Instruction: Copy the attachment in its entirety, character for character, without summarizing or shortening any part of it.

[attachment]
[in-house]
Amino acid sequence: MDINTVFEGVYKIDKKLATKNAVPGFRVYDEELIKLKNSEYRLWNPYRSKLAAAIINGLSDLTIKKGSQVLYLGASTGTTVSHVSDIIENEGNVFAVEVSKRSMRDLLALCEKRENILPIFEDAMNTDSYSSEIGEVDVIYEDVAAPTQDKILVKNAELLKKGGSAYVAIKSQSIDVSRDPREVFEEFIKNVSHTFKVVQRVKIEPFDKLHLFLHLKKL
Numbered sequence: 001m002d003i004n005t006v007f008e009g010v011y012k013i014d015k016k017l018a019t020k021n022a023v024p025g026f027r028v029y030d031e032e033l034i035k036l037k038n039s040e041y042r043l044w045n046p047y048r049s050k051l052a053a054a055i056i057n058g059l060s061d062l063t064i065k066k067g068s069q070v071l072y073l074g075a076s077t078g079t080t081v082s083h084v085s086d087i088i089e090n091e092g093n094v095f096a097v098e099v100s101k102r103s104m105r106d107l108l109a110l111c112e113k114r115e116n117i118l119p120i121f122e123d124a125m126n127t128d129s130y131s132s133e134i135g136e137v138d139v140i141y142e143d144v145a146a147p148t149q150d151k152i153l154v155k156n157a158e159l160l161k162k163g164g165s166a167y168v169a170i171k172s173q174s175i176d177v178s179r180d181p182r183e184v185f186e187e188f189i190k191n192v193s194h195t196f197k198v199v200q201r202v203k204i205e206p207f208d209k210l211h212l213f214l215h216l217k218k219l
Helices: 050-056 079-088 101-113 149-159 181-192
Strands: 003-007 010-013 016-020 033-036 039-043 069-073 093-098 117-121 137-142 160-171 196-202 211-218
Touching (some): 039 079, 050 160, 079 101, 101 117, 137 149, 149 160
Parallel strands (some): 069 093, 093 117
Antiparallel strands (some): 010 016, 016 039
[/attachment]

[in-house]
Amino acid sequence: MDINTVFEGVYKIDKKLATKNAVPGFRVYDEELIKLKNSEYRLWNPYRSKLAAAIINGLSDLTIKKGSQVLYLGASTGTTVSHVSDIIENEGNVFAVEVSKRSMRDLLALCEKRENILPIFEDAMNTDSYSSEIGEVDVIYEDVAAPTQDKILVKNAELLKKGGSAYVAIKSQSIDVSRDPREVFEEFIKNVSHTFKVVQRVKIEPFDKLHLFLHLKKL
Numbered sequence: 001m002d003i004n005t006v007f008e009g010v011y012k013i014d015k016k017l018a019t020k021n022a023v024p025g026f027r028v029y030d031e032e033l034i035k036l037k038n039s040e041y042r043l044w045n046p047y048r049s050k051l052a053a054a055i056i057n058g059l060s061d062l063t064i065k066k067g068s069q070v071l072y073l074g075a076s077t078g079t080t081v082s083h084v085s086d087i088i089e090n091e092g093n094v095f096a097v098e099v100s101k102r103s104m105r106d107l108l109a110l111c112e113k114r115e116n117i118l119p120i121f122e123d124a125m126n127t128d129s130y131s132s133e134i135g136e137v138d139v140i141y142e143d144v145a146a147p148t149q150d151k152i153l154v155k156n157a158e159l160l161k162k163g164g165s166a167y168v169a170i171k172s173q174s175i176d177v178s179r180d181p182r183e184v185f186e187e188f189i190k191n192v193s194h195t196f197k198v199v200q201r202v203k204i205e206p207f208d209k210l211h212l213f214l215h216l217k218k219l
Helices: 050-056 079-088 101-113 149-159 181-192
Strands: 003-007 010-013 016-020 033-036 039-043 069-073 093-098 117-121 137-142 160-171 196-202 211-218
Touching (some): 039 079, 050 160, 079 101, 101 117, 137 149, 149 160
Parallel strands (some): 069 093, 093 117
Antiparallel strands (some): 010 016, 016 039